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$15.00

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We Are All Connected: Métis, Wetlands and Mallards
Format: Paperback
Text Content Territories: Indigenous Canadian; Métis;
Grade Levels: 3; 4; 5;

“We Are All Connected” is a series that explores how we all live together in a shared balance upon Mother Earth. Each book explores a specific ecosystem with a focus on one animal and its adaptations for survival within that ecosystem. Indigenous interviewees, each living within the same area, have responded to strategic questions as to how their community interacts with the land, their traditional territory. Explore each text with a sense of inquiry in mind.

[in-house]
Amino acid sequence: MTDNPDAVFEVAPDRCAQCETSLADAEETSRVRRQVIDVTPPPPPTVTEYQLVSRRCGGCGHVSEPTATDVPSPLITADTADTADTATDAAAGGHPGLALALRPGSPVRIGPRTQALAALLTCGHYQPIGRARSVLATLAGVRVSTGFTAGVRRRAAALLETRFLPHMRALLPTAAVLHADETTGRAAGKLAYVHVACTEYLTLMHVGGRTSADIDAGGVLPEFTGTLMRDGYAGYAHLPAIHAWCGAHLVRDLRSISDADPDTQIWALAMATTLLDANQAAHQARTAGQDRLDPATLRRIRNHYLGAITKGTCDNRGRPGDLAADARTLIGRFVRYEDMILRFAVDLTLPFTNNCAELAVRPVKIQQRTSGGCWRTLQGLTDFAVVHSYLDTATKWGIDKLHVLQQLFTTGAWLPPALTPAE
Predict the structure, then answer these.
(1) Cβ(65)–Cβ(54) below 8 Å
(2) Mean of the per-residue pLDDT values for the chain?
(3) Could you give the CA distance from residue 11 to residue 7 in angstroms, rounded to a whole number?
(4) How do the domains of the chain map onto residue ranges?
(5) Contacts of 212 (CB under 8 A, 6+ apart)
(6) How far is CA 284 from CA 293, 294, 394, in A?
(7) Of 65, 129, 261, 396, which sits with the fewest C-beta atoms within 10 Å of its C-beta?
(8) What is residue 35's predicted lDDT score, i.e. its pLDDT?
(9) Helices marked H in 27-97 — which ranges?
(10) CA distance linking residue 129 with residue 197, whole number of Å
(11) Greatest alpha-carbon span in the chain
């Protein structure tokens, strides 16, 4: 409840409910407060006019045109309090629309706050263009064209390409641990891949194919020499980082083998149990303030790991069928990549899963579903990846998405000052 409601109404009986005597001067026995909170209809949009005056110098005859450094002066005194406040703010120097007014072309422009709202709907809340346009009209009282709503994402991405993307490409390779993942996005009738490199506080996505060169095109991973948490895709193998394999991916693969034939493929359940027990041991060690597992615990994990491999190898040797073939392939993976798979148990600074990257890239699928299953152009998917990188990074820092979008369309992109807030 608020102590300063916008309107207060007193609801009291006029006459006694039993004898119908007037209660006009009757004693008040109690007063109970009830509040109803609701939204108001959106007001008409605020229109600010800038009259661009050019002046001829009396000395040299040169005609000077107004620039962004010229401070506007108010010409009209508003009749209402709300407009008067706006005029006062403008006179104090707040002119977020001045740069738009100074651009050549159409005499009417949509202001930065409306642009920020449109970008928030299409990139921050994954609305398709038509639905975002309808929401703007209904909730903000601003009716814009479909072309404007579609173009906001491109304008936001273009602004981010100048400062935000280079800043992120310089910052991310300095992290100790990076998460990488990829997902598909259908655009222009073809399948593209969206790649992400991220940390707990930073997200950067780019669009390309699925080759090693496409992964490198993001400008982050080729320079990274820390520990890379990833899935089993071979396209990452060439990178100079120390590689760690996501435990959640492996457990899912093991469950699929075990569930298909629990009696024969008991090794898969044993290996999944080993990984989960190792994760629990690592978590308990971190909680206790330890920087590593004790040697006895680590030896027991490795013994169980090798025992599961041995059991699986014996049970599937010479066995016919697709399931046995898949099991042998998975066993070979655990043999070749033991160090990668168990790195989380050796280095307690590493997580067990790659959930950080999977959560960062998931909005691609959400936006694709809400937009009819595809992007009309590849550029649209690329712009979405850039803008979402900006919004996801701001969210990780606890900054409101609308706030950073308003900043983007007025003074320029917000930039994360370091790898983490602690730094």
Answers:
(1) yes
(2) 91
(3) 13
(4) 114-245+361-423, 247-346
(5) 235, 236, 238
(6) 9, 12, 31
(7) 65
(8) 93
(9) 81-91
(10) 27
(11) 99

8 We Are All Connected Titles Coast Salish, Coastal Rainforests and Cougars Haisla, Rivers and Chinook Salmon Inuit, Tundra and Ravens Lakota, Mixed Grasslands and Bald Eagles Métis, Wetlands and Mallards Nisga'a, Ponds and Leopard Frogs Nlaka'pamux, Grasslands and Rattlesnakes Sto:lo, Riparian Forests and Black Bears Each title covers the following curricular areas. Traditional storytelling and artwork begin each title from the focus Indigenous territory. Science: Biodiversity, classification, life cycles, food chains, food webs and connections between living and non-living things are just some of the science concepts included in each book. Social Studies: Contemporary and historical Indigenous cultural knowledge flows throughout each book. Local land forms, gatherings, harvesting practices and government are some of the social studies concepts included in each book.